NCTO has delivered a testimony at a congressional hearing to highlight the rise of imports arriving in the US containing apparel made with forced labour, counterfeit goods, and dangerous narcotics and share how these imports pose severe risks to consumers’ communities and the nation’s fashion manufacturing sector.

Glas emphasised that around 72% of all Chinese cotton products contain cotton from Xinjiang, which is accused of forced labour practices.

She believes this illicit trade has forced US textile plants to reduce production and lay off workers, with some companies going out of business altogether.

According to Glas the heart of the issue lies in the failure to curb forced labour trade despite the the Uyghur Forced Labor Prevention Act (UFLPA) being enacted to address that very concern.

She stated: “The de minimis loophole has become a superhighway for illicit goods as a result of ineffective rulemaking and a lack of adequate congressional action and it’s a threat to us all.”

NCTO proposes four steps to tackle forced labour in US fashion supply chain

  1. Aggressively oversee UFLPA customs enforcement, require regular testifying from customs officials, detail to congress and the public a forward-leaning enforcement plan, increase penalties, and include measurable benchmarks for cracking down on illegal trade.
  2. Use legislation to close the de minimis loophole for e-commerce, addressing fentanyl, forced labour, and counterfeits, and requiring the administration to use executive authorities for enforcement.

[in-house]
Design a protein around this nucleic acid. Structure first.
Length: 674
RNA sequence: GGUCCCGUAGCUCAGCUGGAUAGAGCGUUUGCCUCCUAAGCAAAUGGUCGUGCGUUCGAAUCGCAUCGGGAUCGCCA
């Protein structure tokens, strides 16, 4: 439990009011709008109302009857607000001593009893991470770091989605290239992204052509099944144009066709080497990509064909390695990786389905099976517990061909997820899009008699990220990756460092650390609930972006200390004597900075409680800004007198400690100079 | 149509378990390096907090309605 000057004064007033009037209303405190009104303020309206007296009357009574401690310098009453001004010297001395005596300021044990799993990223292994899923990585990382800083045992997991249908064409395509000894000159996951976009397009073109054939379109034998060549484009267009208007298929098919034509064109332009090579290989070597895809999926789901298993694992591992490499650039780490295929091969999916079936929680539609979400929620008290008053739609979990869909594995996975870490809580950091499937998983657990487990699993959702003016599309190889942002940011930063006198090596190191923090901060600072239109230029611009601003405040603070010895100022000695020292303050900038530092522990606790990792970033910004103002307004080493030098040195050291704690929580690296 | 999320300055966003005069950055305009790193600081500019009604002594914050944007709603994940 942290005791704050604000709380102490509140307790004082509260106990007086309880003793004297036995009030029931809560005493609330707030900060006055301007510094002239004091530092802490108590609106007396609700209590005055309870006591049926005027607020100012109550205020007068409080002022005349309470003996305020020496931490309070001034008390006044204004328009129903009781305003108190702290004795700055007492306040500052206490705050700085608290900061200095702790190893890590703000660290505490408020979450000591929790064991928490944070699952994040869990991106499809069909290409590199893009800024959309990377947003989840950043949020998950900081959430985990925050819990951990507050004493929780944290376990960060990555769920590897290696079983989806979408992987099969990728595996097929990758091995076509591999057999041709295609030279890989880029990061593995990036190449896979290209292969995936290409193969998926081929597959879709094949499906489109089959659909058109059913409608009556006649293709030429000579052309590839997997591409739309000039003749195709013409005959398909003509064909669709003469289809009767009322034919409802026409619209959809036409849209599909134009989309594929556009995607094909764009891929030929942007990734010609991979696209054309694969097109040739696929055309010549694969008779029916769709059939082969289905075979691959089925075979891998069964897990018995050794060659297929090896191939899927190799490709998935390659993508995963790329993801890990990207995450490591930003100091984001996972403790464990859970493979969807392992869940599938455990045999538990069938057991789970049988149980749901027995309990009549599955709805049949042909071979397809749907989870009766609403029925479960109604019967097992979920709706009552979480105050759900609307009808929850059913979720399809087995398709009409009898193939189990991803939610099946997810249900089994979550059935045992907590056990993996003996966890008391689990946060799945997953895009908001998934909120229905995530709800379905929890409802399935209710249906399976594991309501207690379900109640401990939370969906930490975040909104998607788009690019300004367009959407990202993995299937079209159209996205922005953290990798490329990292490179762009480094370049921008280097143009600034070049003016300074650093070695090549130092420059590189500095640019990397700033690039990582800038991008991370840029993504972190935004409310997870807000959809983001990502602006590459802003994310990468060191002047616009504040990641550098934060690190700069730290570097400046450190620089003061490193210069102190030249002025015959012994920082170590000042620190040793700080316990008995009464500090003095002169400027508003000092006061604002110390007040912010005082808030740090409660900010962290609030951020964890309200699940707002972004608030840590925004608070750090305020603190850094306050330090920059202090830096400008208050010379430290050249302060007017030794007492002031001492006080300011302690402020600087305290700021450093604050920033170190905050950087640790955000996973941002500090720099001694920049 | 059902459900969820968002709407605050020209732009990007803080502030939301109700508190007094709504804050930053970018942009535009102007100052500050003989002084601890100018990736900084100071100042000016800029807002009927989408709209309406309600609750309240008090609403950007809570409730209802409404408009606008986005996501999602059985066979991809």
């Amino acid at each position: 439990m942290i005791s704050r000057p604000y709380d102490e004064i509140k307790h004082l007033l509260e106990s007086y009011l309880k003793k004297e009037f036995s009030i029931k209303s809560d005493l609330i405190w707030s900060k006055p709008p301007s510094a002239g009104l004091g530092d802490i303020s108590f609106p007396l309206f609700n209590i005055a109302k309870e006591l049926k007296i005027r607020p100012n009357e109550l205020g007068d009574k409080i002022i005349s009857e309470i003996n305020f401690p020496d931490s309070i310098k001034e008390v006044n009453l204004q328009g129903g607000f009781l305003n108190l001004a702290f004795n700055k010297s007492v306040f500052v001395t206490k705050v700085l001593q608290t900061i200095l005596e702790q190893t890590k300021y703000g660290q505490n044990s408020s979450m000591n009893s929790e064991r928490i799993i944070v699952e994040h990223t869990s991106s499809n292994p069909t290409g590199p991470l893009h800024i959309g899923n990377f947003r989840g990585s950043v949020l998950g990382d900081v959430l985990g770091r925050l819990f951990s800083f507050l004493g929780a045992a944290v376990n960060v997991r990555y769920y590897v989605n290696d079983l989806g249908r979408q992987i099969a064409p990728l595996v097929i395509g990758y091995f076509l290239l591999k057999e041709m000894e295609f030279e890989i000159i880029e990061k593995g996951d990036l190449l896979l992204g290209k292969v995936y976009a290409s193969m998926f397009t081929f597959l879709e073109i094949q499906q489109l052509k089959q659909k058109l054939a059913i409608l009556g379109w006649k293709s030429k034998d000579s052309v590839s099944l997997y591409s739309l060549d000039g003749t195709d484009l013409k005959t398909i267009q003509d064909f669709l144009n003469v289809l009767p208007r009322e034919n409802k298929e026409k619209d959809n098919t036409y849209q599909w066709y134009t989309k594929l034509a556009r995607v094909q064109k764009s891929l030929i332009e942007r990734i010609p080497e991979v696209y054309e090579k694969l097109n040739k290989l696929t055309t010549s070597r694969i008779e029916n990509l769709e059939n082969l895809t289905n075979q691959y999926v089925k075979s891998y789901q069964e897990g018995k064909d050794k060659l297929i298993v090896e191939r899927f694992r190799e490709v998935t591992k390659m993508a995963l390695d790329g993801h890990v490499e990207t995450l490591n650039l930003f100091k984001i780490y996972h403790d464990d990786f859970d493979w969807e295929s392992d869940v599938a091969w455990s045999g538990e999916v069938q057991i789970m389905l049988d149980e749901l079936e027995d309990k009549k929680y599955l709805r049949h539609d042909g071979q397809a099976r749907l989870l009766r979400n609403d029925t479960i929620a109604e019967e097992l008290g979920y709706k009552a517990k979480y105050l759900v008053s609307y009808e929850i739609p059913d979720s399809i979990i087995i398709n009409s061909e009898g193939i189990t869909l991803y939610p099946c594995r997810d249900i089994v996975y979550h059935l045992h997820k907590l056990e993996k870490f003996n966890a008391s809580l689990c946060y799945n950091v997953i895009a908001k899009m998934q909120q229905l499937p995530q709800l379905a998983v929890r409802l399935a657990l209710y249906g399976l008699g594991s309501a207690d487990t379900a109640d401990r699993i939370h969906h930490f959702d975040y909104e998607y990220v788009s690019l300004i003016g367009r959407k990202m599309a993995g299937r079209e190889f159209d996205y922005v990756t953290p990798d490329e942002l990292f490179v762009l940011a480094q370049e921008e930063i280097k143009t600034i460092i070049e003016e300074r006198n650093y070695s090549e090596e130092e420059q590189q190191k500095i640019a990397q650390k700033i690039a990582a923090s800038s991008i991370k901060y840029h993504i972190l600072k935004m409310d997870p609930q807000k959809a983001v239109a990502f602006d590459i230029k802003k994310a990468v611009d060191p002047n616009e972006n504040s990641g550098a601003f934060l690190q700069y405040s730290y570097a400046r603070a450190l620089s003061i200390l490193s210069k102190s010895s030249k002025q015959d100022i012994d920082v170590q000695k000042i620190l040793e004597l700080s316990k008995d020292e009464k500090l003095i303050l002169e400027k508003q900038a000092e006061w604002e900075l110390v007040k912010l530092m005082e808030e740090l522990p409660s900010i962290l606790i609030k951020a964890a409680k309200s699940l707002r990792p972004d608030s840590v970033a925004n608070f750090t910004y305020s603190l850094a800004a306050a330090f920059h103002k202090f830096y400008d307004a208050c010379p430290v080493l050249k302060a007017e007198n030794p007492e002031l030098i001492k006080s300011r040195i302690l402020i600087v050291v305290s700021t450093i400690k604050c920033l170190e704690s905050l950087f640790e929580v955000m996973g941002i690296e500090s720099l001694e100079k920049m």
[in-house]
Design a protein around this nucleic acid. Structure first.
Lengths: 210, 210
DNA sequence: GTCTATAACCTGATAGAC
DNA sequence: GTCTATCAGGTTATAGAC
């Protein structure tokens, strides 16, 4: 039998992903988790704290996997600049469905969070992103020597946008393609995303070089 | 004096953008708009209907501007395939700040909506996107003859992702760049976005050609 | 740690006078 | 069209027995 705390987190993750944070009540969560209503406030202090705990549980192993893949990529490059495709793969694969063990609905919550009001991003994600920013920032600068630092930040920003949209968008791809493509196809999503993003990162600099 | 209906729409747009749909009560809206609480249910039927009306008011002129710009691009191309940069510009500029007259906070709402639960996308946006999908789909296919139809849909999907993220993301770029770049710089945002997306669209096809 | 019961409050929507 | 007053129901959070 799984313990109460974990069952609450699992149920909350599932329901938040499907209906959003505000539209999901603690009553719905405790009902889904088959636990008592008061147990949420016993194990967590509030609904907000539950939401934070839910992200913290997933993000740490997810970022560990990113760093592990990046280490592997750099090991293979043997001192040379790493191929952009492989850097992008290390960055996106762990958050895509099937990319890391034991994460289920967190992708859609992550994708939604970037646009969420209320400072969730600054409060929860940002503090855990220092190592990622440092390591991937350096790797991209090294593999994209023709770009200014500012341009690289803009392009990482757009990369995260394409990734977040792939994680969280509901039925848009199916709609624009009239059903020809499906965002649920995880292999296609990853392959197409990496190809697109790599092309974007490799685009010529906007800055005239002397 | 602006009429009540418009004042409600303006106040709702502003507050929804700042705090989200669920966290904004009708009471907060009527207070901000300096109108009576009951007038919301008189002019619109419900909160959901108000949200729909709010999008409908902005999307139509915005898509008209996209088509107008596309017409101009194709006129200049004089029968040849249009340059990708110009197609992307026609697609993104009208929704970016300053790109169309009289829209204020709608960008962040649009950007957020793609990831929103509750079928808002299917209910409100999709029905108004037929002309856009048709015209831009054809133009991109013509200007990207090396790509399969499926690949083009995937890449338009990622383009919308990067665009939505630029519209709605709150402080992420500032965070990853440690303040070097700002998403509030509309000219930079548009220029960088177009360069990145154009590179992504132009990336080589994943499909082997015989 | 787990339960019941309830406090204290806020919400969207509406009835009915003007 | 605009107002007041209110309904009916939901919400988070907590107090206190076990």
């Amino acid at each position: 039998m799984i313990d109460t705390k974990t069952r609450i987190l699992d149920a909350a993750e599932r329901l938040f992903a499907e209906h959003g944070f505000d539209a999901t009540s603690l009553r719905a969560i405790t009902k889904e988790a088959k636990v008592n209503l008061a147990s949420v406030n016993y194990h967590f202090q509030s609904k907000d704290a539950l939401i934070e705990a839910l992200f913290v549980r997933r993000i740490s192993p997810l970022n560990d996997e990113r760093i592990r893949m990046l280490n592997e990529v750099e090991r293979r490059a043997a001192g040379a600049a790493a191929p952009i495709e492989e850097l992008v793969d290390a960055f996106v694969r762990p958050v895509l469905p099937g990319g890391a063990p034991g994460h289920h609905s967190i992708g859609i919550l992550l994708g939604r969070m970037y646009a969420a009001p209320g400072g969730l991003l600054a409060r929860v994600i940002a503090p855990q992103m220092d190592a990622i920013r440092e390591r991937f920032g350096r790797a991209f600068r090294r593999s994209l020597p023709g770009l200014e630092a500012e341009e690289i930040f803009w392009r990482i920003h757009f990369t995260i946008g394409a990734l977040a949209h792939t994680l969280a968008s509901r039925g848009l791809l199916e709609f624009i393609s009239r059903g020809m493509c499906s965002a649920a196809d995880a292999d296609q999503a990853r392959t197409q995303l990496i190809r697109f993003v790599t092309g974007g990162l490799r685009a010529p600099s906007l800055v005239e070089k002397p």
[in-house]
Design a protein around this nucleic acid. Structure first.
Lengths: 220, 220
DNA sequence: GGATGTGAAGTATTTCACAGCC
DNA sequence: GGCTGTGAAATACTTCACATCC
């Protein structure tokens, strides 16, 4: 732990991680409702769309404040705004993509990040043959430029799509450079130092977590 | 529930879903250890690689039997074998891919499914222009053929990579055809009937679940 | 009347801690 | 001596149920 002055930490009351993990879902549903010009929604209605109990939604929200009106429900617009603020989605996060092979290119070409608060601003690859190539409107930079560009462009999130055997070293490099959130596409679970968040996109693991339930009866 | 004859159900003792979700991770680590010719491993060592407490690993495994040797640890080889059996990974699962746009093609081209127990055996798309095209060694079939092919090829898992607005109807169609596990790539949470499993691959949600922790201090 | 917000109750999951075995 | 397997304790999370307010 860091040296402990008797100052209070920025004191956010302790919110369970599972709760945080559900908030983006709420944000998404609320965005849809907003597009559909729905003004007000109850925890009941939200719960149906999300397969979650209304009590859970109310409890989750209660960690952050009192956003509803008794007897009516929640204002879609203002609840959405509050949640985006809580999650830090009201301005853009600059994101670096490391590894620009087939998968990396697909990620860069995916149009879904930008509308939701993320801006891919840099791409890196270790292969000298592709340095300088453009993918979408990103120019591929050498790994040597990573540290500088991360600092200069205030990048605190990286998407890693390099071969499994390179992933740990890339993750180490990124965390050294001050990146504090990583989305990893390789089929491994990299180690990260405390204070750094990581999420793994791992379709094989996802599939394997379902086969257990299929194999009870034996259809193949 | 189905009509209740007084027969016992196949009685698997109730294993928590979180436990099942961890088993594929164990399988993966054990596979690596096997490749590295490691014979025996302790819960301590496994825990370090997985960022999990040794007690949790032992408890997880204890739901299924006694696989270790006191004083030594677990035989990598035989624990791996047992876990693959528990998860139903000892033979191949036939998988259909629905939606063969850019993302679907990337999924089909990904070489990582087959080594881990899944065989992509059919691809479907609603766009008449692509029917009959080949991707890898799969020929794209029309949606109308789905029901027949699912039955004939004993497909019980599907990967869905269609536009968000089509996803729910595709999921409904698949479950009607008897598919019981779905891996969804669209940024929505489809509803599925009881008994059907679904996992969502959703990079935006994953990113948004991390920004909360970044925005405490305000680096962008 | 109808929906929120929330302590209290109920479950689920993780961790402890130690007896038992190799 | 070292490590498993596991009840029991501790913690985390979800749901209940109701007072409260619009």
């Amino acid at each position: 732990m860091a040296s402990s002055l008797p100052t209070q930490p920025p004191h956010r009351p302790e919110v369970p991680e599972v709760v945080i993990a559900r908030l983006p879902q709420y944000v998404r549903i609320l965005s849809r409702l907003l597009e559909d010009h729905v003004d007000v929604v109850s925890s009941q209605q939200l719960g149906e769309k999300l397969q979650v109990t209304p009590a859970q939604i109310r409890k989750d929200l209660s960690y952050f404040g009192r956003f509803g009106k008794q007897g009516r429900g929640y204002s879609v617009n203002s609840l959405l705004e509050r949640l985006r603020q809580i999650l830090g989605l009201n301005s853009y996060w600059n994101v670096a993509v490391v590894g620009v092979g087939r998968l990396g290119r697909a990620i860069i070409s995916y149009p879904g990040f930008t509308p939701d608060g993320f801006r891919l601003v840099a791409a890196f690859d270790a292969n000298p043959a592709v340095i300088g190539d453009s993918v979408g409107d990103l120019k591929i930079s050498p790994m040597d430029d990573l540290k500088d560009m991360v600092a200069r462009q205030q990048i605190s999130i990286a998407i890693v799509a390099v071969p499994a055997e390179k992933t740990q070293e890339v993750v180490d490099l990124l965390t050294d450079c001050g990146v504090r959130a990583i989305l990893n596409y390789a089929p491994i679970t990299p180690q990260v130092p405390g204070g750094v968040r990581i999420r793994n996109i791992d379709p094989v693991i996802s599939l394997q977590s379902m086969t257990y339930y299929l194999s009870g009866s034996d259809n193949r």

3. The administration should expand the UFLPA Entity List to include companies outside of China, as only 27 entities currently operate on the list.
  4. Increase enforcement, inspections, and penalties by aggressively increasing testing, and verification visits in free trade agreement partners, and enhancing coordination.

Glas pointed out that Chinese apparel tainted by forced labour is worth billions of dollars and is getting the “VIP treatment” by going straight to consumers doors courtesy of the de minimis loophole at the expense of workers and manufacturers in the US and “critical regional supply chains”.

How well do you really know your competitors?

Access the most comprehensive Company Profiles on the market, powered by GlobalData. Save hours of research. Gain competitive edge.

Company Profile – free sample

Thank you!

Your download email will arrive shortly

Not ready to buy yet? Download a free sample

We are confident about the unique quality of our Company Profiles. However, we want you to make the most beneficial decision for your business, so we offer a free sample that you can download by submitting the below form

By GlobalData
Visit our Privacy Policy for more information about our services, how we may use, process and share your personal data, including information of your rights in respect of your personal data and how you can unsubscribe from future marketing communications. Our services are intended for corporate subscribers and you warrant that the email address submitted is your corporate email address.

Glas added: “This is an economic fire, a health fire, and a human rights fire — and we need it extinguished immediately. An aggressive enforcement plan, coupled with a set of rational revisions to the outdated and now extremely dangerous de minimis loophole in our trade law would prevent the continuation of this devastation, but Congress and the Executive Branch must decisively act now.”

In early October, the NCTO and US senators called on President Biden to tackle the impact of China’s so-called “predatory” trade practices” on the country’s domestic apparel manufacturing sector.